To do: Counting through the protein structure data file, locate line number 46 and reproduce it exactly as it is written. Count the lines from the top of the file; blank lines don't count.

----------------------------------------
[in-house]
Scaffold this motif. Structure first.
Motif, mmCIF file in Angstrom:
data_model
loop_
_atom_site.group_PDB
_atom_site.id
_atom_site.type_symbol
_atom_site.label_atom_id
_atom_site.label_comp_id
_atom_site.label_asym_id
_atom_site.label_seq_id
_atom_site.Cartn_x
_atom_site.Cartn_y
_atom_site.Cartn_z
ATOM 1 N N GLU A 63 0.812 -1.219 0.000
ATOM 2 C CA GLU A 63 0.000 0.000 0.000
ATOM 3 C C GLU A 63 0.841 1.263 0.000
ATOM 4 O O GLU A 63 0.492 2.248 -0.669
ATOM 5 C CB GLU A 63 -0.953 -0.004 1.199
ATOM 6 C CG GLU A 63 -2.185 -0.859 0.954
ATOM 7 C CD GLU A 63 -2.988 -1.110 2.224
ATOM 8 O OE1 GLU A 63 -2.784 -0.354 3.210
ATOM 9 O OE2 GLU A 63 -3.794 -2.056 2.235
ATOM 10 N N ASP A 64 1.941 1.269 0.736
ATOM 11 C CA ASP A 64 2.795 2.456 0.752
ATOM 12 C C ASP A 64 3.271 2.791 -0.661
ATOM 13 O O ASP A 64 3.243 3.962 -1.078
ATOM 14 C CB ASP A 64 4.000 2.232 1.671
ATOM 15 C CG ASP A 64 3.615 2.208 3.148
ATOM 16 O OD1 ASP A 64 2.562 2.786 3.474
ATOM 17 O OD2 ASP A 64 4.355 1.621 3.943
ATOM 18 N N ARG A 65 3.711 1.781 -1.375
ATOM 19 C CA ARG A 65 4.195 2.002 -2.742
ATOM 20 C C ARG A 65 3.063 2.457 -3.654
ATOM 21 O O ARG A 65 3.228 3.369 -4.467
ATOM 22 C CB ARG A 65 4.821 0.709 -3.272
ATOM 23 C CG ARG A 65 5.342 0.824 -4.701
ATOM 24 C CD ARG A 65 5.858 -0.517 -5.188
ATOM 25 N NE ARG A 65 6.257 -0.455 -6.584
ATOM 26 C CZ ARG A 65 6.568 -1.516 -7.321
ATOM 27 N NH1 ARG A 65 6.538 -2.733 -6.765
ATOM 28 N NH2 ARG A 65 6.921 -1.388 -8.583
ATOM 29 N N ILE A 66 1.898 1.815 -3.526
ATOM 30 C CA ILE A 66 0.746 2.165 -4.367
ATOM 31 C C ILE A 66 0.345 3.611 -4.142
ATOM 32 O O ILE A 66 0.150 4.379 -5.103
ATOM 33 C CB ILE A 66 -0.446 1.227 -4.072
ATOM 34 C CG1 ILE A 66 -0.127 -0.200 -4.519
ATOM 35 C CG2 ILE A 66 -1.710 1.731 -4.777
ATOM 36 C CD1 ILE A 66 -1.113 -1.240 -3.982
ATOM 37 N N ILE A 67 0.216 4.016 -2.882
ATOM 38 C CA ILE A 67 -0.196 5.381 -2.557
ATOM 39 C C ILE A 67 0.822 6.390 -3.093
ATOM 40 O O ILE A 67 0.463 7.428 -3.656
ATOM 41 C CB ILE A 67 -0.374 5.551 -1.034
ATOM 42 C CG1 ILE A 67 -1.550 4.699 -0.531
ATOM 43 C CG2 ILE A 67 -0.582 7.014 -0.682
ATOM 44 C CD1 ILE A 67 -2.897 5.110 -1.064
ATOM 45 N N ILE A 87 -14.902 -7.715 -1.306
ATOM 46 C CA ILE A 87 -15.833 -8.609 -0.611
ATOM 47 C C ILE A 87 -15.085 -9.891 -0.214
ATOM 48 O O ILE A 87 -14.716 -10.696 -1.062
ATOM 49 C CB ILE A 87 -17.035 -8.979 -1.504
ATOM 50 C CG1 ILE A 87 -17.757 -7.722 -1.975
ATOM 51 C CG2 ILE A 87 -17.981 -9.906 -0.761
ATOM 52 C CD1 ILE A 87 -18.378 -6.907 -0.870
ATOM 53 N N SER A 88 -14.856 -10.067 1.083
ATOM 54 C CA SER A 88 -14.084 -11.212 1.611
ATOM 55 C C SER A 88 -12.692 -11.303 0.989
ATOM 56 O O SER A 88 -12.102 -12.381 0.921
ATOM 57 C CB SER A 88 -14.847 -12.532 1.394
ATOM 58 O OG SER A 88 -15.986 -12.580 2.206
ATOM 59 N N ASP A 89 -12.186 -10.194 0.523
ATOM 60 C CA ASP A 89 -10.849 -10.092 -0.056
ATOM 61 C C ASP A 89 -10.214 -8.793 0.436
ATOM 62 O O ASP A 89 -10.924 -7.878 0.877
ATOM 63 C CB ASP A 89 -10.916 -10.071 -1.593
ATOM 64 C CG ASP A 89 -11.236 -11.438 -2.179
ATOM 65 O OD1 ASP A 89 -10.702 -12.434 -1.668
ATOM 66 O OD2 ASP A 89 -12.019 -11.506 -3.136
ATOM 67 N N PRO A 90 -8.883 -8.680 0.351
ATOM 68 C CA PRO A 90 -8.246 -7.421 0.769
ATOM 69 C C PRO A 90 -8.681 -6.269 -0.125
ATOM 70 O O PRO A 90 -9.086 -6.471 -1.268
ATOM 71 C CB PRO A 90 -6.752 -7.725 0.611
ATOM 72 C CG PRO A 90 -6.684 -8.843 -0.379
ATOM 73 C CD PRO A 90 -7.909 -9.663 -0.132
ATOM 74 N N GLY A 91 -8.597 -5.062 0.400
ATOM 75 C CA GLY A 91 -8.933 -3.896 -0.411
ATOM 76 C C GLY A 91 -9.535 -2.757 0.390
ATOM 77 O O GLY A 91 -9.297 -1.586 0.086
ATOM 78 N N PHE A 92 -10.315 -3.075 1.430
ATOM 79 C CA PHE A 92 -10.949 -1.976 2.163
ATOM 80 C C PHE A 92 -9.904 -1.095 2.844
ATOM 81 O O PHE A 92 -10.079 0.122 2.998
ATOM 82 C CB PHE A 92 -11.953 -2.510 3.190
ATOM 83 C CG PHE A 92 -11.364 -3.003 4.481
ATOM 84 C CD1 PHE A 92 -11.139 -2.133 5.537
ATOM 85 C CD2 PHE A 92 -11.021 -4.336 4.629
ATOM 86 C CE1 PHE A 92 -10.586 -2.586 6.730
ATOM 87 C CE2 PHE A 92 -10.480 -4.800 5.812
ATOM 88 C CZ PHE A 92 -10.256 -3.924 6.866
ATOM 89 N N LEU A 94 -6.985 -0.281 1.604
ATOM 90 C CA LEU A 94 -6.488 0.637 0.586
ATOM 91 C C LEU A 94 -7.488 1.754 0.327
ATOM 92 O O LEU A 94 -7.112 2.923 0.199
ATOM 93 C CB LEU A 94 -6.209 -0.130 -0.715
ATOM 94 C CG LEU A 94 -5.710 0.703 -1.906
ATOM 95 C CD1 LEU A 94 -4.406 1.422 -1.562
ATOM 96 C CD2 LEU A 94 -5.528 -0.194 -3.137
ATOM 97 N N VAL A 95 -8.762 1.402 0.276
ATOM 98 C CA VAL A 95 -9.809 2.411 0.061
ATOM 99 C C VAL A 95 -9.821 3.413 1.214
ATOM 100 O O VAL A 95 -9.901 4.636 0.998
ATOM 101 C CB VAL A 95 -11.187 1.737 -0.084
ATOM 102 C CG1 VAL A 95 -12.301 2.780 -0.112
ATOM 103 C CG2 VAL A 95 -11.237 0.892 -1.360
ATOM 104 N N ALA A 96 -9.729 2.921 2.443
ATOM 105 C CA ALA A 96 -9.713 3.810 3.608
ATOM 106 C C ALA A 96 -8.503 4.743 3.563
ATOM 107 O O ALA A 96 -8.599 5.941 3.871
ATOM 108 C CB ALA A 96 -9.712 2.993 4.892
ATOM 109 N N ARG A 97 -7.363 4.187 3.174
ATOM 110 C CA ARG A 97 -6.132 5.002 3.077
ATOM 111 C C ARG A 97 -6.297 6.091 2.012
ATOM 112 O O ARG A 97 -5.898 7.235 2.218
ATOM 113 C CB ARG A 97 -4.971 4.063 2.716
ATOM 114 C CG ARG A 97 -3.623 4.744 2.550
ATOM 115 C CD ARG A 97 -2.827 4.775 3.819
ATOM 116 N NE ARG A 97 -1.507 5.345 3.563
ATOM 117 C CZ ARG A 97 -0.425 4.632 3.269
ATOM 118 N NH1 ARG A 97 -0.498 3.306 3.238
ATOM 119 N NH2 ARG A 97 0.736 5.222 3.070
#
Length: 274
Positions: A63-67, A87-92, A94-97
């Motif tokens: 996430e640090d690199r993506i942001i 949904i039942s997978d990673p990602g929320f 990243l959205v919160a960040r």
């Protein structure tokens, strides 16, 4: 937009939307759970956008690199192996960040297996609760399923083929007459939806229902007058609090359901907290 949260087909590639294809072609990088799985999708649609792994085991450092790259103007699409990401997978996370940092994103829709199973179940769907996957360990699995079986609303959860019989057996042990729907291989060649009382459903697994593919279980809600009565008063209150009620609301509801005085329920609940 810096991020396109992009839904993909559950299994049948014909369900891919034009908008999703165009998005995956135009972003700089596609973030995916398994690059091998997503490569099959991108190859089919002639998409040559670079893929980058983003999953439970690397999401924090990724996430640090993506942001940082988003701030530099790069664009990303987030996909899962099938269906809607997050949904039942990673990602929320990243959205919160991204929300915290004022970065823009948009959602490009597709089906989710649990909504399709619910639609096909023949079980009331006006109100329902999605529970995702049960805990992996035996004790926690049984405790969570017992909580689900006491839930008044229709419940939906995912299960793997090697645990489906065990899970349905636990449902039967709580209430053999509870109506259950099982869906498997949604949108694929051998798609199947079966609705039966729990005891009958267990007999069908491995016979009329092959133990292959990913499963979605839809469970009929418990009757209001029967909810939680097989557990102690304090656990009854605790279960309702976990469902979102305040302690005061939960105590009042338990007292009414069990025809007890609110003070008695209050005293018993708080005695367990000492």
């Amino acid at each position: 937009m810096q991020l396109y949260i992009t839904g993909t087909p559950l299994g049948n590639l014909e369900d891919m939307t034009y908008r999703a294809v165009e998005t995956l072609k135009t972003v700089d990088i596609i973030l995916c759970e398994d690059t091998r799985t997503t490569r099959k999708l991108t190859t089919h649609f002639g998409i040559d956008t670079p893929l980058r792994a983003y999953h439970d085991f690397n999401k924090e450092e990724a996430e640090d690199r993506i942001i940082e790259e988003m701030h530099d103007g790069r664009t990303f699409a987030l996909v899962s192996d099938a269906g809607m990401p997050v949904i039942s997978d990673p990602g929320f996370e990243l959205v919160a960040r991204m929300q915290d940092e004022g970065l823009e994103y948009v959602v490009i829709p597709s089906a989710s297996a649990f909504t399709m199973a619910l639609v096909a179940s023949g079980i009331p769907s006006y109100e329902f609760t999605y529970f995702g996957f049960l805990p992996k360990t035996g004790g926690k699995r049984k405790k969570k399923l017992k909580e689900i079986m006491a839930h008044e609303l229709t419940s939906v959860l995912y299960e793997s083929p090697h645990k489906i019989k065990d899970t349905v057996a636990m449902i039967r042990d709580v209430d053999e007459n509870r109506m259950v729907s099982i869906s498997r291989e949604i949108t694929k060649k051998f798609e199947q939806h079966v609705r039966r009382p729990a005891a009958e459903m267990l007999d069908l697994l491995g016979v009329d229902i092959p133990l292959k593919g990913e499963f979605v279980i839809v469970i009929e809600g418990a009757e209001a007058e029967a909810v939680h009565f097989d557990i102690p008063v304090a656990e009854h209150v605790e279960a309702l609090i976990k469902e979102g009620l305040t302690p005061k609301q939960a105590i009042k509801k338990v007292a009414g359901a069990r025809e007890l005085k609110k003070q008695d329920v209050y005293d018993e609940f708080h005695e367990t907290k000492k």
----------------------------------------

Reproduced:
ATOM 31 C C ILE A 66 0.345 3.611 -4.142